By Andrea Mulligan, DPT, physical therapy
Every time you decide to make a move — to get off the couch, walk to the kitchen, grab a cup of tea — you voluntarily contract your muscles to produce the desired movement. When leg or foot cramps strike, however, that’s your body producing involuntary muscle contractions, without even asking you. How rude!
These cramps can be intensely painful, and particularly annoying when they jolt you awake in the middle of the night. Fortunately, they’re usually over in about 10-15 seconds, but some may come on in multiple bouts that last minutes or even hours.
Why does this happen? Most of the time, leg cramps are considered idiopathic, which means they have no known underlying cause. But in some cases, your level (or lack) of activity may be to blame. Inactivity, especially in elderly folks, can shorten and weaken the muscles, leading to leg and foot cramps. Conversely, intense or new physical activity, such as a triathlon or the first run after a long lazy winter, can bring on cramps from muscle fatigue, dehydration or electrolyte imbalance.
In addition, sometimes cramps are related to underlying medical issues. In these cases, treating the underlying issue should resolve the cramps. If you experience chronic, recurring cramps, it’s worth scheduling an appointment with your primary care provider to look into any issues that could be contributing, such as:
- Restless leg syndrome
- Low-back pain
- Medication side effects
- Metabolic disorders
- Hereditary disorders
- Cardiovascular diseases
Less commonly, foot and leg cramps may be caused by serious medical conditions, such as deep vein thrombosis (DVT) or infection, which should be treated right away. Call your provider if you have any of these symptoms along with your cramps:
- Significant change in swelling
- Heat coming from your limb
- New, severe pain
OK, so once you’ve been to your doctor and have been assured that there isn’t something more serious going on, what can you do about those awful cramps?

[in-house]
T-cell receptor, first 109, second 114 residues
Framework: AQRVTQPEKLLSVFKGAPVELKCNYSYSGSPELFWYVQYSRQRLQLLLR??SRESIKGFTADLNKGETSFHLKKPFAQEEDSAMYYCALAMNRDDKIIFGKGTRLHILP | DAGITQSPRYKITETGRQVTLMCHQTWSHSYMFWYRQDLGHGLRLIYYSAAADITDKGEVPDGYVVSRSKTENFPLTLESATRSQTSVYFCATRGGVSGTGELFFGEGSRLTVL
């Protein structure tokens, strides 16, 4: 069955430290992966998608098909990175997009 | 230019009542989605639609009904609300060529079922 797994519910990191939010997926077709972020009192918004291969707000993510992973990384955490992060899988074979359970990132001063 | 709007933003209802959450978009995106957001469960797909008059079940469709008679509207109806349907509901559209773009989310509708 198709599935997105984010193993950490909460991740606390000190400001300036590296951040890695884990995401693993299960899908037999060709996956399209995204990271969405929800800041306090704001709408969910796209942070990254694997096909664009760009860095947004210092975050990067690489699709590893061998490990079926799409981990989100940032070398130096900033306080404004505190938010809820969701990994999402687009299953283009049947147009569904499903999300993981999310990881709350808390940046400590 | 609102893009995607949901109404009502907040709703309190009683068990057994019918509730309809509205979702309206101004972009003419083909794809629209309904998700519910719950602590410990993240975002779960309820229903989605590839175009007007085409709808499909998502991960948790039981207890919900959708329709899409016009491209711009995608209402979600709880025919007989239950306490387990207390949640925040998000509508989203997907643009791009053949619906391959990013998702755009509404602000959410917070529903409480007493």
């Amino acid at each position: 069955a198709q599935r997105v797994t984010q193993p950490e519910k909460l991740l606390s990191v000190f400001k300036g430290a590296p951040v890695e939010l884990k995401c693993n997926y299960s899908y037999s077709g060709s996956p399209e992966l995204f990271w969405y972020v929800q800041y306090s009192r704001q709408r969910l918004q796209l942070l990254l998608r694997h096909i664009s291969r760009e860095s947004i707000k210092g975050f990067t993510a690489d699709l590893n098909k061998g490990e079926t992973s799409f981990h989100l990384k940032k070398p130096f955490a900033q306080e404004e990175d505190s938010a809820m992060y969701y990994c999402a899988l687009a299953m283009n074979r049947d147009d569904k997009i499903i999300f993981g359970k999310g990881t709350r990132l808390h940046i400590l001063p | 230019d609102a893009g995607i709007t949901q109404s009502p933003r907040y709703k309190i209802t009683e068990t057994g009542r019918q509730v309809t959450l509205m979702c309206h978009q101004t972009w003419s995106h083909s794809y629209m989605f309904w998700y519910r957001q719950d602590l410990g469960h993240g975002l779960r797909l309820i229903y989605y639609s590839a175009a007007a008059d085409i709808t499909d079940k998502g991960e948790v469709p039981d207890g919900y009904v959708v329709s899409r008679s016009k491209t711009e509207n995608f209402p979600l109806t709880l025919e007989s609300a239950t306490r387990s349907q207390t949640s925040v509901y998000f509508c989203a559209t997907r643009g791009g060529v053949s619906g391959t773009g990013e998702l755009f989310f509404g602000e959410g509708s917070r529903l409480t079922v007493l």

To stop a cramp in the moment
First take a few slow, deep breaths to calm your nervous system down. Then, if you can, try to gently stretch the offending leg or foot. Here are five stretches that target the specific muscles that cramp most often: the hamstrings, calves, foot and ankle. If stretching is too much to ask in the heat of the moment, try it after the wave of cramping subsides, to ease the lingering soreness.
To reduce future cramping
The following preventive strategies are low in risk and easy to implement:
- Leg elevation — this helps especially if you have swelling or edema.
- Massage — DIY or enlist your significant other or a professional.
- Stretching — in addition to relieving cramps in the moment, these stretches are a great way to help loosen up tight, sore muscles to prevent cramping.
- Exercise — if you’ve had a decline in exercise or you just plain hate it, it’s worth reconsidering, as it really can help manage cramps (not to mention all the other health benefits). Choose something you enjoy — be it as simple as walking or as wild as underwater hockey — and you’ll be more likely to stick with it, and even to look forward to it. Get more guidance here. If you need help getting started, ask your doctor about a physical therapy referral. We can guide you in the right direction for your unique health status and abilities.
So, what about that bar of soap?
For cramp relief, some people swear by the old bar-of-soap trick. Many soaps contain minerals —specifically magnesium, which is believed to help with muscle cramps. So, the thought was, put a bar of soap in your bed, under the sheets, and the magnesium can leach through to your skin. There’s no scientific evidence of its efficacy, but it’s low in risk, so if you want to try it, why not? If it doesn’t work, just use the soap as originally intended, to wash up after your daily exercise.